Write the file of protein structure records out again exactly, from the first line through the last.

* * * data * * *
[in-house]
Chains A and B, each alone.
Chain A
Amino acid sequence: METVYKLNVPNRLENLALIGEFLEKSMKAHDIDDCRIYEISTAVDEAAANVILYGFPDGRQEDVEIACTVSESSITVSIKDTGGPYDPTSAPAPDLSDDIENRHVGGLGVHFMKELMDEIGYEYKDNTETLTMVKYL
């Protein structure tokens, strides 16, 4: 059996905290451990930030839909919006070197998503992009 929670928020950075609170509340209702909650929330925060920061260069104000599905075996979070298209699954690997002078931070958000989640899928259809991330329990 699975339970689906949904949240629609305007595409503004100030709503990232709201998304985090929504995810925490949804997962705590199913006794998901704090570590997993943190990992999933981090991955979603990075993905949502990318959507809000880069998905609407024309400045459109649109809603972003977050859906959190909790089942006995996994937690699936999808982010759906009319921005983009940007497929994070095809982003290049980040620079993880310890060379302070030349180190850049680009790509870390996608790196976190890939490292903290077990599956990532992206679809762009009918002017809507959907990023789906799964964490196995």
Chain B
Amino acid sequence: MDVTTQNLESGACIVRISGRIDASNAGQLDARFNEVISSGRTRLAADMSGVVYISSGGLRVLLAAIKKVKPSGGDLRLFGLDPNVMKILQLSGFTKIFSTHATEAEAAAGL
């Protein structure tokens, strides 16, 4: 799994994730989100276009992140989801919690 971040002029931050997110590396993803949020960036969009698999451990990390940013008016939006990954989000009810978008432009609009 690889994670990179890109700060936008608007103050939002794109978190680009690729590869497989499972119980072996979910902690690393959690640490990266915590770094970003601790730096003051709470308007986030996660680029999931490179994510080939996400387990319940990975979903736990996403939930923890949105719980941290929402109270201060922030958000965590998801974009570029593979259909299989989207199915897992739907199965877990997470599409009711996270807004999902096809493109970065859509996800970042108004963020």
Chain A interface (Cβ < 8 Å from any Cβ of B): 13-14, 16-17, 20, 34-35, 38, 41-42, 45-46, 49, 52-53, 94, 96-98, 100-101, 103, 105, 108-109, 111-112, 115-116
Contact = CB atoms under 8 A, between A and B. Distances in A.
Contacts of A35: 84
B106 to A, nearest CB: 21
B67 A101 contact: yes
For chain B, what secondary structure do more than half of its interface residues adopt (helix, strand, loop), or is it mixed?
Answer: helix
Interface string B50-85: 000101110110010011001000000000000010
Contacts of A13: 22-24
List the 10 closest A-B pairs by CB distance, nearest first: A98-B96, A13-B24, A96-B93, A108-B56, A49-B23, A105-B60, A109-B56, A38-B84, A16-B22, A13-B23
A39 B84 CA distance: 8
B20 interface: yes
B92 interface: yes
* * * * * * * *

[in-house]
Chains A and B, each alone.
Chain A
Amino acid sequence: METVYKLNVPNRLENLALIGEFLEKSMKAHDIDDCRIYEISTAVDEAAANVILYGFPDGRQEDVEIACTVSESSITVSIKDTGGPYDPTSAPAPDLSDDIENRHVGGLGVHFMKELMDEIGYEYKDNTETLTMVKYL
């Protein structure tokens, strides 16, 4: 059996905290451990930030839909919006070197998503992009 929670928020950075609170509340209702909650929330925060920061260069104000599905075996979070298209699954690997002078931070958000989640899928259809991330329990 699975339970689906949904949240629609305007595409503004100030709503990232709201998304985090929504995810925490949804997962705590199913006794998901704090570590997993943190990992999933981090991955979603990075993905949502990318959507809000880069998905609407024309400045459109649109809603972003977050859906959190909790089942006995996994937690699936999808982010759906009319921005983009940007497929994070095809982003290049980040620079993880310890060379302070030349180190850049680009790509870390996608790196976190890939490292903290077990599956990532992206679809762009009918002017809507959907990023789906799964964490196995």
Chain B
Amino acid sequence: MDVTTQNLESGACIVRISGRIDASNAGQLDARFNEVISSGRTRLAADMSGVVYISSGGLRVLLAAIKKVKPSGGDLRLFGLDPNVMKILQLSGFTKIFSTHATEAEAAAGL
């Protein structure tokens, strides 16, 4: 799994994730989100276009992140989801919690 971040002029931050997110590396993803949020960036969009698999451990990390940013008016939006990954989000009810978008432009609009 690889994670990179890109700060936008608007103050939002794109978190680009690729590869497989499972119980072996979910902690690393959690640490990266915590770094970003601790730096003051709470308007986030996660680029999931490179994510080939996400387990319940990975979903736990996403939930923890949105719980941290929402109270201060922030958000965590998801974009570029593979259909299989989207199915897992739907199965877990997470599409009711996270807004999902096809493109970065859509996800970042108004963020």
Chain A interface (Cβ < 8 Å from any Cβ of B): 13-14, 16-17, 20, 34-35, 38, 41-42, 45-46, 49, 52-53, 94, 96-98, 100-101, 103, 105, 108-109, 111-112, 115-116
Contact = CB atoms under 8 A, between A and B. Distances in A.
Contacts of A35: 84
B106 to A, nearest CB: 21
B67 A101 contact: yes
For chain B, what secondary structure do more than half of its interface residues adopt (helix, strand, loop), or is it mixed?
Answer: helix
Interface string B50-85: 000101110110010011001000000000000010
Contacts of A13: 22-24
List the 10 closest A-B pairs by CB distance, nearest first: A98-B96, A13-B24, A96-B93, A108-B56, A49-B23, A105-B60, A109-B56, A38-B84, A16-B22, A13-B23
A39 B84 CA distance: 8
B20 interface: yes
B92 interface: yes